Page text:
Enriching the academic experience ...

Distinguished Speaker and Lecturer Series

Enriching the academic experience ...


Civil Rights activist headlines MLK Jr. celebration

Myrlie Evers

Myrlie Evers-Williams, widow of slain Mississippi civil rights activist Medgar Evers, continued her late husband’s advocacy for civic engagement and social justice as the keynote speaker of Bloomsburg University’s 21st annual Martin Luther King Jr. Commemorative Celebration in February at Carver Hall’s Kenneth S. Gross Auditorium. Evers-Williams, former chair of the NAACP, discussed “Tomorrow’s Leaders: Their Voices, Our Journey." Her visit was held in collaboration with Bloomsburg University’s year-long 175th anniversary celebration, co-sponsored by the Multicultural Center and 175th Anniversary Committee.

Evers-Williams has become a symbol of courage and perseverance in the march toward social justice. She worked for more than three decades to seek justice for the murder of her husband, who was gunned down in their driveway by a white supremacist on June 12, 1963, just hours after President John F. Kennedy’s famed civil rights address. A year ago, she delivered the invocation at the inauguration of President Barack Obama.

Stephen A. Smith delivers motivating message

Bloomsburg University Speaker Series

ESPN multimedia personality Stephen A. Smith led students down “The Road to Great Leadership” in February as part of BU’s annual Sankofa Conference.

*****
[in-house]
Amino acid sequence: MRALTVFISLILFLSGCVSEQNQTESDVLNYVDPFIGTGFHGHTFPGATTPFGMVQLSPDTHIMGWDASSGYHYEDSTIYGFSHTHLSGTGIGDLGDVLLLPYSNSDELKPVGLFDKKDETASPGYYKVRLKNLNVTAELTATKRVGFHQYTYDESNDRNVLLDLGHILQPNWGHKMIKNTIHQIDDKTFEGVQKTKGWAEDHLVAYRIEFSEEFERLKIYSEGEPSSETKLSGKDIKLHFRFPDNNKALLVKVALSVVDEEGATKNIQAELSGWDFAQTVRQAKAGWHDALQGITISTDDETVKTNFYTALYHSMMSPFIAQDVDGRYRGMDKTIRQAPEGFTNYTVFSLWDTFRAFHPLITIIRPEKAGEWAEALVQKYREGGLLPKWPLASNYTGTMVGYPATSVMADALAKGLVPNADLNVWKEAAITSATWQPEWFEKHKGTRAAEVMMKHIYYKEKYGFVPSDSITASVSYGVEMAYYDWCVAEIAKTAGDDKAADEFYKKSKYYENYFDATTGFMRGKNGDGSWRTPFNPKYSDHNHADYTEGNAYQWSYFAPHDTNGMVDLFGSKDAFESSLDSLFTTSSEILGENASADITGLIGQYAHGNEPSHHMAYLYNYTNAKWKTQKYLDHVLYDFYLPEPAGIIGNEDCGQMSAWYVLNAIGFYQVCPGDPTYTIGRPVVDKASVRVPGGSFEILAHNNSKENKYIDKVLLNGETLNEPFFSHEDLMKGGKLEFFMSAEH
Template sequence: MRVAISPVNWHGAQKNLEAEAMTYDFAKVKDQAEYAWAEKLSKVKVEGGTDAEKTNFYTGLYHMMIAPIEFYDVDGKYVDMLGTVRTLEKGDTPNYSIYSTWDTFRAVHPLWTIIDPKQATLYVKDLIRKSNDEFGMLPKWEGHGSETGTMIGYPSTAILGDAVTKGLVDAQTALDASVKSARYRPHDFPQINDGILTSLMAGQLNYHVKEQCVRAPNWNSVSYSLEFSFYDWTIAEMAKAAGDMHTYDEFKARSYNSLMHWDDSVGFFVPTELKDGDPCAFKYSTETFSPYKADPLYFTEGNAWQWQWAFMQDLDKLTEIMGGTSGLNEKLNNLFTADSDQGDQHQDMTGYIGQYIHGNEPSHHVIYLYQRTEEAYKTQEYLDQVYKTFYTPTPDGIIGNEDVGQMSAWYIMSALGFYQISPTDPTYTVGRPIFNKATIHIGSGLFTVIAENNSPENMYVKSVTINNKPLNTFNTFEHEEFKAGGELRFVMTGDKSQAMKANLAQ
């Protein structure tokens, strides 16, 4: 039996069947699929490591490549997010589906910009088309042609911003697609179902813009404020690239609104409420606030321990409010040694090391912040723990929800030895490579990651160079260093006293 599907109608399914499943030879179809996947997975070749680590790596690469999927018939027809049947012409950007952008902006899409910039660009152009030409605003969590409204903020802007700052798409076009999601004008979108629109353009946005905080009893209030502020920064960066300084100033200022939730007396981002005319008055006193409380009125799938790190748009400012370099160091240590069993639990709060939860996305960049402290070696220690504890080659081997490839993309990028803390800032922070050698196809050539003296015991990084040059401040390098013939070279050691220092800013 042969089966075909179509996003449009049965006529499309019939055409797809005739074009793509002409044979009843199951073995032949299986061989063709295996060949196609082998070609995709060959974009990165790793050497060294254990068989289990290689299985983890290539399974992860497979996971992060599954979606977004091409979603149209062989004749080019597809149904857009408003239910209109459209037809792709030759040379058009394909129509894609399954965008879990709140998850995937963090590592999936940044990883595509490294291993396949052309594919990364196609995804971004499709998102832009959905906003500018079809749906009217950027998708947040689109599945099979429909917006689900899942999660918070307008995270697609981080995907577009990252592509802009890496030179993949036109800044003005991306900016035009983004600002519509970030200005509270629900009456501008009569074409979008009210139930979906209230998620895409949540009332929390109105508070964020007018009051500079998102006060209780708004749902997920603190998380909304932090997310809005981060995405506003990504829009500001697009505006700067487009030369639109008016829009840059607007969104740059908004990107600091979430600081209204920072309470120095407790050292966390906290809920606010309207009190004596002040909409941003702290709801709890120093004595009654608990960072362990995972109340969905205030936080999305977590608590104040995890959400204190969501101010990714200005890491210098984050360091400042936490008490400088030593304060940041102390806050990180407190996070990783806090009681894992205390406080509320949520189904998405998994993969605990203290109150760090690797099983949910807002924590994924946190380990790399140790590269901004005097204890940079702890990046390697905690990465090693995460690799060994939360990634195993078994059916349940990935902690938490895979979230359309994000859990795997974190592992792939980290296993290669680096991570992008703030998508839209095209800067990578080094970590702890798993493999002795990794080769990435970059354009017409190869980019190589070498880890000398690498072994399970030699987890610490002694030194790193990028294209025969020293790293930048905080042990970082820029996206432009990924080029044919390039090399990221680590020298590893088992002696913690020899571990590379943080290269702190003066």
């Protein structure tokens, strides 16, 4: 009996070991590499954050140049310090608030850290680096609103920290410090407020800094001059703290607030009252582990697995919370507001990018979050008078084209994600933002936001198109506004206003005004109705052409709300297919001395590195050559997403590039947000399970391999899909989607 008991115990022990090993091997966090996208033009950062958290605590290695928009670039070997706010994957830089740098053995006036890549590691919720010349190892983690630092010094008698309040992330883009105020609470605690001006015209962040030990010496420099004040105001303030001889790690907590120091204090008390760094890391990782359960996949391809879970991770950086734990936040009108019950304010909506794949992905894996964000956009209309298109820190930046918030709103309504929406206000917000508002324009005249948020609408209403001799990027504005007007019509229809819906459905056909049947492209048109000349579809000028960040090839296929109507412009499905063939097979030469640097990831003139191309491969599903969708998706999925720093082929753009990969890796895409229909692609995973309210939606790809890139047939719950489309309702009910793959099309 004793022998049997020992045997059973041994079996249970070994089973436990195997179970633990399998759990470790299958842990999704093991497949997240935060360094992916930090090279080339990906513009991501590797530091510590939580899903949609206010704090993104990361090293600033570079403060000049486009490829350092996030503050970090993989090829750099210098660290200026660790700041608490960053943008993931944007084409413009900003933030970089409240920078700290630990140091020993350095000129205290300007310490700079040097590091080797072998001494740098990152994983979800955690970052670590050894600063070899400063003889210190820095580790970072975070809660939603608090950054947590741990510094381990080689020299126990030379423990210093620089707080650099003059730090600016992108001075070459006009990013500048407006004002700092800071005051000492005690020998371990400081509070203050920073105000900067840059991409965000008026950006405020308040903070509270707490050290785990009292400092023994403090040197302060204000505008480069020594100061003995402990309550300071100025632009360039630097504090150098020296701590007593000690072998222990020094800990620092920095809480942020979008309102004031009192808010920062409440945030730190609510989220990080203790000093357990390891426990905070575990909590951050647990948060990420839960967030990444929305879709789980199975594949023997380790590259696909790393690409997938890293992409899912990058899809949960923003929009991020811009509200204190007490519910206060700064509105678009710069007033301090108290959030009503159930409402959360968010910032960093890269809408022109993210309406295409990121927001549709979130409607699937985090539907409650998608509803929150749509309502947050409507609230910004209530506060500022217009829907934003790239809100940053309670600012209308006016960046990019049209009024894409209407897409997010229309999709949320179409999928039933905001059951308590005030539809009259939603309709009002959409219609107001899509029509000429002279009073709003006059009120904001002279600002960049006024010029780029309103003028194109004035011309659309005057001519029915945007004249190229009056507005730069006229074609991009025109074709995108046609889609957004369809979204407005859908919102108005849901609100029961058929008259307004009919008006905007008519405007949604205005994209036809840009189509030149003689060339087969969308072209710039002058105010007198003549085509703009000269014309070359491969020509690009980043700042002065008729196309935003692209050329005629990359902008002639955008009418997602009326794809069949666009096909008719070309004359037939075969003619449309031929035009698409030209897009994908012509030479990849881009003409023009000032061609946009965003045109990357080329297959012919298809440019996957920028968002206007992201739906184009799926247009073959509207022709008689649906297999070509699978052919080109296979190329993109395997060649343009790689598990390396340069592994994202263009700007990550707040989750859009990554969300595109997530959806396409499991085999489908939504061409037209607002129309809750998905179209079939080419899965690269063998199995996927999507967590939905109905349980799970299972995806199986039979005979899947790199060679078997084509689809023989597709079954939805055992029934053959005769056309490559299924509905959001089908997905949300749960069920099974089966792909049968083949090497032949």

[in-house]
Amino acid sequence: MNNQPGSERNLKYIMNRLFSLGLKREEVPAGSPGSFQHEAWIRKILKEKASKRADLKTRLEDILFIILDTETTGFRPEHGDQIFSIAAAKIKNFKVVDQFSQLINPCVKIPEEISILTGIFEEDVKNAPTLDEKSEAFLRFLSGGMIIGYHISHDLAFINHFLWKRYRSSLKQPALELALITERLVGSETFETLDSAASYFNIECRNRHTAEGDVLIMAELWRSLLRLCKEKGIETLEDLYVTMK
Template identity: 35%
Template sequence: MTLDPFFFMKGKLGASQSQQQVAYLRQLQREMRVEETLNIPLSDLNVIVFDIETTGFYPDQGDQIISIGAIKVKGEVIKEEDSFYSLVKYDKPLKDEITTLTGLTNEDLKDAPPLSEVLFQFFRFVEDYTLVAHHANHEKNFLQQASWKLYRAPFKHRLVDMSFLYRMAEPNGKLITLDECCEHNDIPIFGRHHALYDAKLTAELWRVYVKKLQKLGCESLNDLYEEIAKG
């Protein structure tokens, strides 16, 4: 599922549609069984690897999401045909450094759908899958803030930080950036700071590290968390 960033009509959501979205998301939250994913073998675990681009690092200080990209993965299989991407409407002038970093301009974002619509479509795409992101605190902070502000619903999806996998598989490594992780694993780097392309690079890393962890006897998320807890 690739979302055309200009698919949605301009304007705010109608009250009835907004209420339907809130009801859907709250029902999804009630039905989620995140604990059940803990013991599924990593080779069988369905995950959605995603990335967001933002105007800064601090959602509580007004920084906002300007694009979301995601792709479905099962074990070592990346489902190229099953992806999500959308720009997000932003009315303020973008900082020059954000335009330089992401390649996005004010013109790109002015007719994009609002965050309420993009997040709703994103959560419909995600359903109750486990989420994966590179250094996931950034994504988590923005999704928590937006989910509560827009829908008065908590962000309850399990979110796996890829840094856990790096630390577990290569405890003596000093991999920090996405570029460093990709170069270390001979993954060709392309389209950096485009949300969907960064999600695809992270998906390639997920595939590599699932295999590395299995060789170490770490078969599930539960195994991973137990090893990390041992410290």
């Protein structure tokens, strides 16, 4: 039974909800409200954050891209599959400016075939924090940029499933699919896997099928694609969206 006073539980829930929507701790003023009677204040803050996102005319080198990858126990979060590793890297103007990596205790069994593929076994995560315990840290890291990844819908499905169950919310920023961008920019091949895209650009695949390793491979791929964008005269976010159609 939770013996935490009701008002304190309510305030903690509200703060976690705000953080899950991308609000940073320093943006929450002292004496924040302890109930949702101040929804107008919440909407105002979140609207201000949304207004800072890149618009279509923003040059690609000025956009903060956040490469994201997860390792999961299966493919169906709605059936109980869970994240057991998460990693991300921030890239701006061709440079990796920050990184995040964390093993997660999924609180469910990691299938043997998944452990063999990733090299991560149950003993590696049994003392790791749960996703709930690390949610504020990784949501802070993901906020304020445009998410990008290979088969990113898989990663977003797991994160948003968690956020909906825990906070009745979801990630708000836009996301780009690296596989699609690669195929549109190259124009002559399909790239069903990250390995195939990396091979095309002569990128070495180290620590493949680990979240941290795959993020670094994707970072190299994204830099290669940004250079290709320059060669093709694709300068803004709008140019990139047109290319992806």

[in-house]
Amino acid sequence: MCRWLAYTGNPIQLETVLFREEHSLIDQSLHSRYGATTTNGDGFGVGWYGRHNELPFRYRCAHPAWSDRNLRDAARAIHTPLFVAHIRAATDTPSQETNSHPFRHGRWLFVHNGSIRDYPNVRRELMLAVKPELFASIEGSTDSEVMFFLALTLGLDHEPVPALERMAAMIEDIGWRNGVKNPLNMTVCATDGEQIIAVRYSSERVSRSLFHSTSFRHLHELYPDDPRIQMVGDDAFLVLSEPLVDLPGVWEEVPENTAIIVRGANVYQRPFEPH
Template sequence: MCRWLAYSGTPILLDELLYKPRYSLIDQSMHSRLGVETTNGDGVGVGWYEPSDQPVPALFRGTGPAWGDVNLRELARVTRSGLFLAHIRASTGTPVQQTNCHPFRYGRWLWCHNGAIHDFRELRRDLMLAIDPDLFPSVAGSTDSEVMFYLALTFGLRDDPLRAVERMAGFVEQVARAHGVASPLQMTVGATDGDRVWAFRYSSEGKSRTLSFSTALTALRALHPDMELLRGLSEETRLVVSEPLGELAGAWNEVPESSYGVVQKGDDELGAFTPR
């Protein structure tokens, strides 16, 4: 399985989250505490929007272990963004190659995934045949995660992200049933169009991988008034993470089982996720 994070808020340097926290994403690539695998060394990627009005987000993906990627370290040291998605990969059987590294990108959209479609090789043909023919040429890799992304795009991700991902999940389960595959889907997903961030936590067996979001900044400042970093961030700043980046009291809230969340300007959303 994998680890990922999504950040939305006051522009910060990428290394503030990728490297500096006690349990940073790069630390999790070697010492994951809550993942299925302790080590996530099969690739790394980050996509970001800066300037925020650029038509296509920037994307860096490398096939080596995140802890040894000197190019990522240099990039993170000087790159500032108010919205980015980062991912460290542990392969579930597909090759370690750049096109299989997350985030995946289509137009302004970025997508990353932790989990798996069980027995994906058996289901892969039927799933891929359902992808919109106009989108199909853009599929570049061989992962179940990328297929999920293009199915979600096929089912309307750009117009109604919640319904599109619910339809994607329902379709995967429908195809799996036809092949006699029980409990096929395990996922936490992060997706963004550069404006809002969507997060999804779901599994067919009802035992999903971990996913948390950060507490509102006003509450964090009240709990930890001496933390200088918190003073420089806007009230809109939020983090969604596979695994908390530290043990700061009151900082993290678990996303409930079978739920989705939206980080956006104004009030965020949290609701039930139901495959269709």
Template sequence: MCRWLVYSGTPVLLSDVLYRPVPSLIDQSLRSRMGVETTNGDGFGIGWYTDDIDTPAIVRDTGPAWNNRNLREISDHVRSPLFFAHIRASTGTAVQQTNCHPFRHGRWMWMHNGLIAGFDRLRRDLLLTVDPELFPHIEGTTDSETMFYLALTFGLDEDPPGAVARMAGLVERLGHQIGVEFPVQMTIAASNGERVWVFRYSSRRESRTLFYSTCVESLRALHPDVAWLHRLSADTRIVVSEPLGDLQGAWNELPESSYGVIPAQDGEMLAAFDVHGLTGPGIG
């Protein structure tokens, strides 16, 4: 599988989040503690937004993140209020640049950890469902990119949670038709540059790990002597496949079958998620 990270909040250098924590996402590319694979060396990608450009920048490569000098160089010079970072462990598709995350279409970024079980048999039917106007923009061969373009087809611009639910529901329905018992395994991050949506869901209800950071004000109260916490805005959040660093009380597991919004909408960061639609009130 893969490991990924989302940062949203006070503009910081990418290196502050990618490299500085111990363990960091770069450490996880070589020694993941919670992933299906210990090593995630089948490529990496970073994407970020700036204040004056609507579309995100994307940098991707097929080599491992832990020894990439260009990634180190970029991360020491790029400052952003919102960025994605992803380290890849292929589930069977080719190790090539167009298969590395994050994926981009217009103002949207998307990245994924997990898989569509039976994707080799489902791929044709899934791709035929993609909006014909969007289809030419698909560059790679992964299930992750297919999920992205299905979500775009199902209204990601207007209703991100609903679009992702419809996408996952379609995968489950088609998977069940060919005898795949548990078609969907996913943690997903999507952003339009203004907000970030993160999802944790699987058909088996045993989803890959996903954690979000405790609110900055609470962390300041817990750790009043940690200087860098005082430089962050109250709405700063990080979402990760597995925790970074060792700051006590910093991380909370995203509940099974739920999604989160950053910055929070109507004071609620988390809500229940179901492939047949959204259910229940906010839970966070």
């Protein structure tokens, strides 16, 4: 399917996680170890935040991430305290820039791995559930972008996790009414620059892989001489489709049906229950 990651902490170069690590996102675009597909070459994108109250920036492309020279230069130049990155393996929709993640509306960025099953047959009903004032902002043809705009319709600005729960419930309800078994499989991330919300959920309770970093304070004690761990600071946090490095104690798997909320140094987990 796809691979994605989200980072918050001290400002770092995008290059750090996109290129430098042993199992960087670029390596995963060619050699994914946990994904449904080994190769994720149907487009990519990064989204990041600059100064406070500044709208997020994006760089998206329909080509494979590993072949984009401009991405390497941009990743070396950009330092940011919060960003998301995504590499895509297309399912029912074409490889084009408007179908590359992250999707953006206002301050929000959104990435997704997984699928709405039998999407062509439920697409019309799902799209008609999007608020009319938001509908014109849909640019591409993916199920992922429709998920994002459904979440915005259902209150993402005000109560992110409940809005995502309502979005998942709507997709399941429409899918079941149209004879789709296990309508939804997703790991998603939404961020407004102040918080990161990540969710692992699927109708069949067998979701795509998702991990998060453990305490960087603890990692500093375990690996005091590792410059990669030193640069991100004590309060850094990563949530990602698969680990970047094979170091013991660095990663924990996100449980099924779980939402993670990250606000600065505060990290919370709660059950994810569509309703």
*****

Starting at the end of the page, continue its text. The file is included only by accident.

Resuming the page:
Smith delivered an energetic and motivational lecture about leadership and its impact on personal success. He specifically talked about goal-setting, motivation, tough decision-making and inspiration. Smith hosts “The Stephen A. Smith and Ryan Ruocco Show” on ESPN Radio New York 98.7 FM and is a featured columnist for ESPNNY.com. He is a regular on “ESPN First Take,” where he appears with Skip Bayless.

Civil Rights scholar preaches power of education

Bloomsburg University Speaker Series

Terrance Roberts — one of the Little Rock Nine, the nine African-American students who volunteered to attend Little Rock Central High School in 1957 in the wake of Brown v. Board of Education — discussed his life experience and lessons learned. After Little Rock’s high schools were closed the following school year, Roberts completed his senior year at Los Angeles High School. He went on to CSULA, UCLA and Southern Illinois University, Carbondale, where in 1976 he earned his Ph.D. in Psychology. He was on the faculty of Antioch University and now runs a private psychology practice right here in Pasadena.

He is, by all accounts, a remarkable man, quiet but impressive. He wrote a book, “Lessons from Little Rock,” a memoir that offers Roberts’ perspective on our nation’s fitful march towards racial equality, sketches of the other members of the Nine, a portrait of his life before it took the stage of history, and more. He is said to both speak and write with precision, insight, humor and vision.